Following the purchase and renovation of a property, including new heating, kitchen and improving the garden, we have found, even though we have good incomes, we are finding it extremely difficult to get by and the overdraft is getting out of control. What can we do?
This was an actual enquiry we received via a national newspaper a couple of years ago. It is, no doubt, a familiar situation encountered by many advisers. We are certainly in an era of “buy today, pay later” and, unfortunately, we regularly encounter clients who have overcommitted themselves.
Advising this couple was a relatively straightforward exercise but what made this case interesting was another financial problem that Mrs X had – more about that later.
Having gone through their finances in some detail, we found that, fortunately, they had sufficient equity in their property that all their debts could be amalgamated and rescheduled.
By remortgaging their property and rebroking some very expensive Barclays protection policies, we managed to save our clients £264 a month and make their lives a lot less stressful.
It made a good story in the national newspaper. We received a number of similar enquiries as a result and our clients have recommended us to quite a number of their friends, who are now clients.
This was all very well but I mentioned earlier that Mrs X had a major financial problem that needed to be addressed once the remortgage had been completed.
Mrs X had a previous relationship that went wrong and her partner returned to his native Ireland, leaving her saddled with many debts. The home that they lived in was repossessed and, although they had a mortgage of £60,556, the house was sold for just £30,000.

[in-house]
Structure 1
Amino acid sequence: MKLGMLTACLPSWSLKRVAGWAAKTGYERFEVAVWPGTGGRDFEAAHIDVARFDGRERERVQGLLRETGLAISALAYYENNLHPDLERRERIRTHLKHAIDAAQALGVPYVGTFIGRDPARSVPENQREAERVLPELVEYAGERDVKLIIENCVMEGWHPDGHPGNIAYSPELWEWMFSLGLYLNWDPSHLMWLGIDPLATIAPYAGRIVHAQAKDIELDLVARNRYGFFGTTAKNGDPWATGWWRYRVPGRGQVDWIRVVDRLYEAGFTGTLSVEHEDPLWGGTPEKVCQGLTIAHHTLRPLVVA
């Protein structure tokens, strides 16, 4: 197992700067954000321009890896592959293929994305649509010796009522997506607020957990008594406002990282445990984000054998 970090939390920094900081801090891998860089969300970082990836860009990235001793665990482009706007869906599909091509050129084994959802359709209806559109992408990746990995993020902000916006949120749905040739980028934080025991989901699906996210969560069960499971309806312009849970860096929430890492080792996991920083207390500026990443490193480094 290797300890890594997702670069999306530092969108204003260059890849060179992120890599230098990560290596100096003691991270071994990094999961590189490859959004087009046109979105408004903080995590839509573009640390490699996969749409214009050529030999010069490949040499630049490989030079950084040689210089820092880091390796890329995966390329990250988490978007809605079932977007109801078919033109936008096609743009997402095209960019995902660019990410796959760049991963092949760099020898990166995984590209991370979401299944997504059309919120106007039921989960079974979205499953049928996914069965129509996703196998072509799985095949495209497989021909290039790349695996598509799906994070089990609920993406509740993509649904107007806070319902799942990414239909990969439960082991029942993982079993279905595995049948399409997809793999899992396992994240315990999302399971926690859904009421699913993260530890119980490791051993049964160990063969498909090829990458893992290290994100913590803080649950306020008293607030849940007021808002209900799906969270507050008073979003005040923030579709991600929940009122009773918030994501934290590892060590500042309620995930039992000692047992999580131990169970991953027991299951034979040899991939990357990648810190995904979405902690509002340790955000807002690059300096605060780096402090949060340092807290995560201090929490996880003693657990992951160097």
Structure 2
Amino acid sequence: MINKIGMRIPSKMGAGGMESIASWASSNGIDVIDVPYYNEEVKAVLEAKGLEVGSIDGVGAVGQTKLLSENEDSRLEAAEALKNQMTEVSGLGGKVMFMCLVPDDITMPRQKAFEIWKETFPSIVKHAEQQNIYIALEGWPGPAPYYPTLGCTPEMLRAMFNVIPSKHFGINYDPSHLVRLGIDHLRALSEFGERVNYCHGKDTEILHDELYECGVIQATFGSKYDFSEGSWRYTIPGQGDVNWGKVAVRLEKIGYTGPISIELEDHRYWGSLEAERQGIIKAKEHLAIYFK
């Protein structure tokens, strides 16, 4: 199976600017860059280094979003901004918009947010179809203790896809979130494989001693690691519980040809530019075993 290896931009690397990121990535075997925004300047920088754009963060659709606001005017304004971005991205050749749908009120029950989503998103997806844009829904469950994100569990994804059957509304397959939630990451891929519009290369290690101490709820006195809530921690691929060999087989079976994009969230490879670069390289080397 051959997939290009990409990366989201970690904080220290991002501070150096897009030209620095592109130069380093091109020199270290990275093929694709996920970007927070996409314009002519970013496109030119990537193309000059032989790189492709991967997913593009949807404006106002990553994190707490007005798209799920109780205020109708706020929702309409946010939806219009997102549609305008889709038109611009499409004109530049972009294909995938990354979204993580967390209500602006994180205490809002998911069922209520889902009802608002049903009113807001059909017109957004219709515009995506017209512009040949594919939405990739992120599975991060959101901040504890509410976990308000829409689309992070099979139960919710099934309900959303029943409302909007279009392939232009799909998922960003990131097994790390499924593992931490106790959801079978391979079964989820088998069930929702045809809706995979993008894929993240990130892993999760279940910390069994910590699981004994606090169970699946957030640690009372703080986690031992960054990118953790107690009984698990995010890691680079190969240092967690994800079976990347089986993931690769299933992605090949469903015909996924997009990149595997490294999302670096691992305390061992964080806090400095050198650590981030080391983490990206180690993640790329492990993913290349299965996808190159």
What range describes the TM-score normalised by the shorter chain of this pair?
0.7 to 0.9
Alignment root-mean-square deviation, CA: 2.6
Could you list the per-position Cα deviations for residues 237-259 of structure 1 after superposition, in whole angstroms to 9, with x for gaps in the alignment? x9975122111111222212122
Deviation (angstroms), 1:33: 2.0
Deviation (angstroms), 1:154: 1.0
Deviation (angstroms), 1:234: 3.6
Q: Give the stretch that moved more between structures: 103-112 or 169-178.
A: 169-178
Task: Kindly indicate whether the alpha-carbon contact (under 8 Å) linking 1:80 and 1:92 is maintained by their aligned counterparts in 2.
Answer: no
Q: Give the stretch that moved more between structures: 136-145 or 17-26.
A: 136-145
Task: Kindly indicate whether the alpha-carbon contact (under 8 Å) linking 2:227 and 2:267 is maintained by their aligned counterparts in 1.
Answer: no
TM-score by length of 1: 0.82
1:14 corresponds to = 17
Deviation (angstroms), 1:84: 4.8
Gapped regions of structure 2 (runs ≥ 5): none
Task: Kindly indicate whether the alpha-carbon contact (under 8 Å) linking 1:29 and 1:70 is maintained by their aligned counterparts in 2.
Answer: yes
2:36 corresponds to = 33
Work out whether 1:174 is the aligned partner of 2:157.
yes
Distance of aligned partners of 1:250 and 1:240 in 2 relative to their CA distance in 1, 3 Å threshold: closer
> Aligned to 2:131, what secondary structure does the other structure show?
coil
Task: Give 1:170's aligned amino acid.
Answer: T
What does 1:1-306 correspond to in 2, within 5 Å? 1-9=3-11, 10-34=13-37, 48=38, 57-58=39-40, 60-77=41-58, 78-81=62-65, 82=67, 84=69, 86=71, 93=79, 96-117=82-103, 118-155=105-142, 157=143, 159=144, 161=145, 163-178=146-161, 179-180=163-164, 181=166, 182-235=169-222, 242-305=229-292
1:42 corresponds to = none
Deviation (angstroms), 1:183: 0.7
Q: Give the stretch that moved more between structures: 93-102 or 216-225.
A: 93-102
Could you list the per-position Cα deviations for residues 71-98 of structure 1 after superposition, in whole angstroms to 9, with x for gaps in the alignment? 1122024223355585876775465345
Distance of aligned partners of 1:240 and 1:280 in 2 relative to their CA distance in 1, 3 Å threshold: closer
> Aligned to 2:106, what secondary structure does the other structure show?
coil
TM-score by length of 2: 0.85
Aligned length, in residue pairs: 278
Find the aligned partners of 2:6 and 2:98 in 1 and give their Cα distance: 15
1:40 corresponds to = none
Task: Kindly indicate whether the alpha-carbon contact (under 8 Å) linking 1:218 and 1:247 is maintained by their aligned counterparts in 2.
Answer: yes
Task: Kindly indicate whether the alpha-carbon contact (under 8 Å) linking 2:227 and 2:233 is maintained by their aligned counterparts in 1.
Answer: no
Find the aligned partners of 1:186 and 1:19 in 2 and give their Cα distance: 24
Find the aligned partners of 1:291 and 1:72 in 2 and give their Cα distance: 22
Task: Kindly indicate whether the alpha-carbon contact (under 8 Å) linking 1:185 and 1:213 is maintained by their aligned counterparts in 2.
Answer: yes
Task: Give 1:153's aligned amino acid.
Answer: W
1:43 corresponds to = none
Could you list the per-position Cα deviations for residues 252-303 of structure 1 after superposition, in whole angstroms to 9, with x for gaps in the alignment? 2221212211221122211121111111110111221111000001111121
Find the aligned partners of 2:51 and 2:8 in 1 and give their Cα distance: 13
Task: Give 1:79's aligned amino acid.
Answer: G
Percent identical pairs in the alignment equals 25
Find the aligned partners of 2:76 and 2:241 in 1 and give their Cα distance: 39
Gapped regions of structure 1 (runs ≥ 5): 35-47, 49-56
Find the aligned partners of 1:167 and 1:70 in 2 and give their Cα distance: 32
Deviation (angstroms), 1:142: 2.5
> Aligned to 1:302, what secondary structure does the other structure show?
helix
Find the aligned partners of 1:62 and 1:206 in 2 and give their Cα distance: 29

This happened in 1993 and the lender, UCB, via solicitors, demanded £89,221.96 to settle the debt. Obviously, this was causing Mrs X a great deal of distress. She had to provide a budget analysis to UCB's debt collectors every six months and agreed to pay £90 a month towards the debt.
At that rate, it would have taken her 89 years to clear the debt and she would have been 117 years old by the time it was paid off.
Obviously, with this huge cloud over her, she never applied for credit elsewhere and the present mortgage was only in her husband's name.
We put her in touch with Eddie and Brenda Weatherall of the Independent Banking Advisory Service. They discovered that the calculation of the figure of £89,221.96 had never been explained to Mrs X and that she had been pressurised into signing a consent order without being told to take legal advice.
After a few months of negotiation, IBAS negotiated a settlement of just £1,000 – a saving of more than £88,000. This cleared her credit record and she now looks optimistically to the future, without that huge weight upon her shoulders.
The Weatheralls said she was not dealt with as she should have been and UCB realised that. They find many occasions when banks are chasing people to pay debts which have been calculated incorrectly and urge anyone facing demands to take advice as soon as possible.
They should not agree to pay anything until they have established exactly how the debt is worked out. Also, they should not agree to pay an amount they cannot afford.
Our client is not in isolation. There are some 200,000 homeowners still being chased over debts from repossessions which took place as long as 12 years ago. Average demands are for £27,000 but can be as high as £90,000. People are faced with the choice of going bankrupt or spending their life paying debts they thought had disappeared.
We have recently been approached by a new client who has been chased by Barclays Bank for £65,000 following a forced sale in 1989. He reaches state retirement age next year and is terrified that this debt will be following him into retirement. We have put him in touch with IBAS which, hopefully, can work its magic for them as well.
Should you have any client in a similar situation, IBAS would be pleased to hear from you on 01487 843 444.